I think there’s more to it than that.  Primarily she could not sell to the new American foreign ministry that the politics of the Hungarian government are good. But that didn’t depend on her. Even though the Hungarian prime minister supported Donald Trump before a very doubtful election, in politics there is no gratitude. Trump will not pay anything in exchange. From America’s point of view, and for geopolitical reasons, Romania, the Czech Republic and Poland are much more important than we are.

No problem, there is Russia to take its place as our partner!

I am not viscerally against Russia.  Moscow is an important economic partner, although Orbán’s current politics renders us dependent.  Paks II would be built from Russian loans with Russian technology, and operate with Russian fissionable materials as well.  And the Russians are to take care of the spent fuel rods. Moreover, it is very expensive.  In the long run renewable energy will be cheaper than nuclear energy.  Anyway, an unsuccessful country without infrastructure, whose citizens are poor, and which is demographically threatened, and where corruption is even greater than in Hungary, cannot be a sample for Hungary to follow.  It is also worthwhile considering why the transatlantic policies work better in other post-communist states than in our case.

For sure Orbán considered this and concluded that this is not working for us, so let’s head East!

One American university removed a picture of Shakespeare and hung a photograph of a lesbian, colored female author in its place.  It is possible to list absurd and harmful phenomena similar to this but the scales still tip very much in favor of the West.  Moreover, the West is capable of correcting mistakes.  The capitalism condemned by Marx or Madách transformed into a social market economy after the Second World War, which continues to work to this day despite every crisis. There is no alternative to the Atlantic politicization for Hungarian foreign policy.  What has the Eastern opening brought?  Nothing!

We have a long tradition of beating two powers, not to mention the golden age of Transylvania.

Whoever says this forgets that Bethlen’s successors were not able to accomplish what he did. At the end of that beating, the Turks completely destroyed Transylvania, which to this day has ethnic consequences. The fate of Denmark, Belgium and Norway in the Second World War shows that neutrality is worth nothing in the face of an aggressive power.  At the same time Orbán’s anti-Brussels diatribes like the current billboard campaign are created for domestic effect.  There is no question of leaving the EU or NATO.

Aren’t you considered a traitor for openly criticizing the government?

I regret the most the fact that I have gone from being an ambassador of the Orbán government to Washington and Oslo to being a critic.  But I’m not the one who changed.  The government became less and less acceptable.  As you know, the unnecessary conflict over the Norwegian Fund was what brought me home from Oslo in 2015.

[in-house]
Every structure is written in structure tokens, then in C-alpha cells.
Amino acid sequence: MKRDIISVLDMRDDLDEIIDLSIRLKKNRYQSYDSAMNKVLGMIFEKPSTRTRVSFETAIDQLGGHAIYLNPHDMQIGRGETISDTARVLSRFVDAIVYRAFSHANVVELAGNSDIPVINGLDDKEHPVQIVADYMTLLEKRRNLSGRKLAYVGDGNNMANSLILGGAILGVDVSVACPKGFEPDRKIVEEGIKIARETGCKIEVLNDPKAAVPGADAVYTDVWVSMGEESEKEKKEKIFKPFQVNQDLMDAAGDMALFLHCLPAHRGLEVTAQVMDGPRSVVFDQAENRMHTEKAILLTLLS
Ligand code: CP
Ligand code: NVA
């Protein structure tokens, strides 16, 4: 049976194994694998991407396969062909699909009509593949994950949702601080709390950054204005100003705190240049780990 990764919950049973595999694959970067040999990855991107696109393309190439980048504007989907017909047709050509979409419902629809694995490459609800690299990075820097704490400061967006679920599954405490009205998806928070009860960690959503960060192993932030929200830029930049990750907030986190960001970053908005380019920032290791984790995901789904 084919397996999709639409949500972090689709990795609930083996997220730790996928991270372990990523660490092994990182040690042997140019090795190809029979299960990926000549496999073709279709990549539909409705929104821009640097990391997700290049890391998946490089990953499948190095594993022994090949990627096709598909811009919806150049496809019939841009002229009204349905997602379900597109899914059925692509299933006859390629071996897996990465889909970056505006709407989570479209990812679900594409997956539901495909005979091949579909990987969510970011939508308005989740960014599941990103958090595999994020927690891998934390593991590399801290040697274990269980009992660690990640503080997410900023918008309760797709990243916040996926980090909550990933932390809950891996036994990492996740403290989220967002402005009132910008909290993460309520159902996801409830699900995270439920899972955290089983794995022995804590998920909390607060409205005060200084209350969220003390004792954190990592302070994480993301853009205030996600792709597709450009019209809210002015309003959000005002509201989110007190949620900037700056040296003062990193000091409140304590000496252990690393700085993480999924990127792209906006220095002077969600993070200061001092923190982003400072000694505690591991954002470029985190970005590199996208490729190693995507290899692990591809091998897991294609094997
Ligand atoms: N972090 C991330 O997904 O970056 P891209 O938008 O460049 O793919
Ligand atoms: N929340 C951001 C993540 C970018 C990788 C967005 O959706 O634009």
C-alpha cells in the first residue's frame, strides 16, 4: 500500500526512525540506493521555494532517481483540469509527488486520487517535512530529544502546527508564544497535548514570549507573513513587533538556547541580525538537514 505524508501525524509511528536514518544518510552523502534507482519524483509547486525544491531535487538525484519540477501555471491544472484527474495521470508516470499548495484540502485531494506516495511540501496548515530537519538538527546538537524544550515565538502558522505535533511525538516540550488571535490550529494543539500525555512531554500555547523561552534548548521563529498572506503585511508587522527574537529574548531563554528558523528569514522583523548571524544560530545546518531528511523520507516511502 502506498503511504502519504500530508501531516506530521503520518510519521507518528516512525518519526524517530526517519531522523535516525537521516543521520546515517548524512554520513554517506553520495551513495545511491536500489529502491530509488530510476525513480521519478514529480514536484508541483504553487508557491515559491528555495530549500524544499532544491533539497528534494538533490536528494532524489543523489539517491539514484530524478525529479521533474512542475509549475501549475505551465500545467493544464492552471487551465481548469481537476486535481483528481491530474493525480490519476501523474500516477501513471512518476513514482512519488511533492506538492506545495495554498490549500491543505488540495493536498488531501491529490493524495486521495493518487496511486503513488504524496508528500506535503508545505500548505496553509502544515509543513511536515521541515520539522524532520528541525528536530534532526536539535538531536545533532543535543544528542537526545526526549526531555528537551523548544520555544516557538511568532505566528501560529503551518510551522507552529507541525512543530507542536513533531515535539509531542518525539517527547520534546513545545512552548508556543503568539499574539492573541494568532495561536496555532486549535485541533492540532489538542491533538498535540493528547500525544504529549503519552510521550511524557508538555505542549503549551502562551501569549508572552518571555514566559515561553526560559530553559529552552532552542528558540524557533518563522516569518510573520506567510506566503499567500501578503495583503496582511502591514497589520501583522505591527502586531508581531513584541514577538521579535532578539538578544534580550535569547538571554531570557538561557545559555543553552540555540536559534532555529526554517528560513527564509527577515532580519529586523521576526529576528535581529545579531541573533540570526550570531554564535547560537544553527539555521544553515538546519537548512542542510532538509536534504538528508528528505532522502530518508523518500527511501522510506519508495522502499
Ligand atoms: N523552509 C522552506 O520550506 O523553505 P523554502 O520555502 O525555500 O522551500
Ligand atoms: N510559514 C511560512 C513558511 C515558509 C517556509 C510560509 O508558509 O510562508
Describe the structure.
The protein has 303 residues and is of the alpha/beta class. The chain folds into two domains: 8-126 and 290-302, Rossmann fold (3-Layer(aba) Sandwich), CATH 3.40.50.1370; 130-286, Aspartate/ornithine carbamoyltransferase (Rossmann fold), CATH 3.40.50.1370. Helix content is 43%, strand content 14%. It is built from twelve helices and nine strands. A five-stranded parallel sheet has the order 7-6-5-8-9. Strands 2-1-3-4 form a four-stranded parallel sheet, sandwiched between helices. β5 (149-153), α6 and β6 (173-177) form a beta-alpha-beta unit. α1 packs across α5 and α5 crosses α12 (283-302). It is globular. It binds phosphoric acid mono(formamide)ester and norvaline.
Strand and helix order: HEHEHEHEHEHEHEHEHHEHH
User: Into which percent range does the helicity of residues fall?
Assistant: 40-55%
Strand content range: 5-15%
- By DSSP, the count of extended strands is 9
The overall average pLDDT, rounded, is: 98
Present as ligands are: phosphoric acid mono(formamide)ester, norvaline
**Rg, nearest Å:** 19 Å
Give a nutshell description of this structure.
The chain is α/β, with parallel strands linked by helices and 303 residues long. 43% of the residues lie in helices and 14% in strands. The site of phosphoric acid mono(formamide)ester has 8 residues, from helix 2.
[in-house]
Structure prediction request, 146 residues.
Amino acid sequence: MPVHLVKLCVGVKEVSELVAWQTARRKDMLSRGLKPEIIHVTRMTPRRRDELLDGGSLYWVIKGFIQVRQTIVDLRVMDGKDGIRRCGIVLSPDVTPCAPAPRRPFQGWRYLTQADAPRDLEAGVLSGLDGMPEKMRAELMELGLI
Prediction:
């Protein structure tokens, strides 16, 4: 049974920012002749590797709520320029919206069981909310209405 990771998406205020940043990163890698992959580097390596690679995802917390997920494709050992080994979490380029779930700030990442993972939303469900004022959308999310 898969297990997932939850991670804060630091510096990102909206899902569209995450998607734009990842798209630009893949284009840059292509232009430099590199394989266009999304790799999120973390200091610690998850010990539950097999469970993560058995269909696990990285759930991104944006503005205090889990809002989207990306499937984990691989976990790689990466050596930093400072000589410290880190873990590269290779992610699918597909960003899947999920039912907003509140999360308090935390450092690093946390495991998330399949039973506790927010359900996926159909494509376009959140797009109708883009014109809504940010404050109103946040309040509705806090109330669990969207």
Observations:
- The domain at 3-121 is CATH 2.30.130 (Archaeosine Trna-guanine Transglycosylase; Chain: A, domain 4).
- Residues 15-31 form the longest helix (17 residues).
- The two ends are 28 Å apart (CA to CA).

Not long afterwards you said in an interview that democracy is not under threat here, and that the country’s prestige can be restored.  Has your opinion changed since then?

I have not had any new experiences since returning from Norway, and I had hoped that after the 2014 electoral victory a consolidation would begin.  I was mistaken.  The government continues to engage in pointless conflicts. The growing friendship with Russia and the attacks on press freedom has caused me to see that democracy is in danger.  There is no government that cannot be defeated.  With regard to prestige, the CEU affair creates two images of Hungary.  So far we’ve spoken about the negative  but there is the image of the demonstrations as well, which shows that the people of the country want to live in democracy and freedom.

Does that mean that “if elections were held this Sunday” you would not vote for Fidesz?

Elections are secret.  I could answer your question but it would only be gratuitous.  In reality, I could not say who I would vote for. I see this uncertainty in my own family and my own environment as well.  It seems the government is being abandoned by its intellectual hinterland.  It’s enough to consider the statements of (former) President Sólyom, the Eötvös József Group or the Professor Battyány Circle.  Perhaps this cannot be seen directly in terms of party support but rather in the quality of governance.  I presume that as Fidesz loses this layer of intellectuals it will want to replace them with those who have abandoned Jobbik, which has been moving to the center. Returning to the question, for sure it would not be good for the country if Fidesz were to once again obtain a two-thirds majority.   Nor would it be good if it could form a government without a real coalition partner.  A sober, hopeful center-right coalition partner could restrain Fidesz from taking certain steps, like closing CEU.